Using a C-clamp and 2 pieces of wood, firmly press the veneer and let it stay like that for at least 2 days.

Ensure all the excess glue is cleaned. Let the furniture rest for at least 3 days.

Finally, polish the whole furniture veneer for a clean look. You can use the aerosol 20&language=en US&l=li3&o=1&a=B00023JE7K

Other common wood veneer problems

2.    Fixing A Veneer That Is Blistered Or Bubbled

a.     Ensure The Veneer Is Pliable Before Starting To Work On It.

Place a hot iron box on top of a damp cloth where the blister or bubble is.

This ensures the veneer does not get damaged further when you are working on it.

b.     Flatten And Slit The Bubble

Once the veneer has become pliable, place a damp cloth over the blister and slit it using a razor or craft knife.

Press the blister so that all excess air escapes.

Like in lifting veneer, place a damp cloth and a hot iron box and press over the blister so that the beneath glue softens. If it does not soften, scrape off the glue.

c.      Glue The Veneer

Using the tip of the knife, apply carpenters glue on the underside of the veneer and the wood base.

Ensure you do not apply too much glue by wiping off any excess.

In case the edges of the veneer overlap when pressing them back, ensure to cut off the excess one.

If possible, heat the blister once more so that you can shave off any overlapping veneer.

d.     Clamp To Firm The Bond.

Though a clamp would always work better if you do not have any, you can always improvise.

Place any weighted item on top of the glued area, such as a toolbox or even a sandbag, for at least 24 hrs.

Once the glue has set, wax and polish the whole 20&language=en US&l=li3&o=1&a=B0006694H8

3.   Fixing A Cracked, Missing, Or Chipped Veneer.

       i.   Cracked or a Missing Veneer

A cracked or a missing veneer needs some extra effort to solve since you will have to find a patch similar to the missing part.

If not entirely broken off, a cracked veneer can always be re-glued.

Carefully break the veneer along the cracks, ensuring you do not damage the edges.

Clean the old glue, apply contact cement or carpenters glue, and then seamlessly lay the broken edges back.

Clamp the glued area. Finally, polish the veneer.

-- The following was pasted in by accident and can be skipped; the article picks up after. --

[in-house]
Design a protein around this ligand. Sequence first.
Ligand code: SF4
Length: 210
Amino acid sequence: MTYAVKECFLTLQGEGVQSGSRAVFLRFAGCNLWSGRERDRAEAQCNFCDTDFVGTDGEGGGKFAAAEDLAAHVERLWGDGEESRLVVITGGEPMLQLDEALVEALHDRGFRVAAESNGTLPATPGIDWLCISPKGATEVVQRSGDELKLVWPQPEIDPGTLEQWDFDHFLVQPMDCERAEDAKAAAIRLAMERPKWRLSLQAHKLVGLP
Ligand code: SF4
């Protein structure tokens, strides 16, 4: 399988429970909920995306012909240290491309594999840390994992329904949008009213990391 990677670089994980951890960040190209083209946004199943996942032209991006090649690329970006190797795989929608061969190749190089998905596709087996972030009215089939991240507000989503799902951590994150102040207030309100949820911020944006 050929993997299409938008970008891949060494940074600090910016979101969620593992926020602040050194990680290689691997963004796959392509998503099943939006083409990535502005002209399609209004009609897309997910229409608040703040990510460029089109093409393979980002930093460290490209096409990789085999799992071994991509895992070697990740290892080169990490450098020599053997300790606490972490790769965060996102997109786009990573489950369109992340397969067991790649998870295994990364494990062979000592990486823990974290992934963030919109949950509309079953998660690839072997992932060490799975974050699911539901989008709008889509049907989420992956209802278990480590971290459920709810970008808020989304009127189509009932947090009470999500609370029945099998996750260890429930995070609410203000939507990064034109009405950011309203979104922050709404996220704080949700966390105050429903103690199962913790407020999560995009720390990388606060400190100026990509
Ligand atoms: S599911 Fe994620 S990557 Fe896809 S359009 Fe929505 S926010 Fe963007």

Lastly, do not trim any irregular or ragged edges as they are not easy to notice if they have been repaired, unlike the straight-line ones.

     ii.    Chipped/Missing Veneer

As for the chipped/missing veneer, a lot is needed to restore the furniture.

Finding a piece to replace the already missing part is not easy.

But if the furniture is not that valuable, you can always extract a patch from a part of the furniture that will not show.

Ideally, a patch veneer should not be cut from the same furniture, but rather a matching veneer is purchased for the repair work or cut from similar junk furniture.

If the missing veneer is small, you can always fill the specific hole with a veneer edging tape commonly available in home centers or even lumberyards.

But if the missing veneer is extensive, tape the veneer you bought over the damaged one aligning the grain and the pattern of both the patching veneer and the damaged veneer.

Ensure the patch is flat laid. With the help of a craft knife, cut the patch in an irregular shape.

Cut all through to the damaged layer of the veneer below it.

Remove the damaged veneer and scrub off the old glue on the wooden base.

With either the contact glue or the carpenter’s glue fit the patched veneer.

Clamp the repaired part and let the glue set for at least 2 days.

Lightly sand the whole furniture and apply polish for that clean look.

Final Thoughts On How To Fix Veneer That Is Lifting

If you have furniture whose veneer is lifting, all is not lost as it can be restored.

The listed tips above on how to fix the veneer that is lifting will help give your furniture that new look.

Remember always to fix any veneer that is lifting, chipped, broken, or blistered to curb any further damage.

Leave a Comment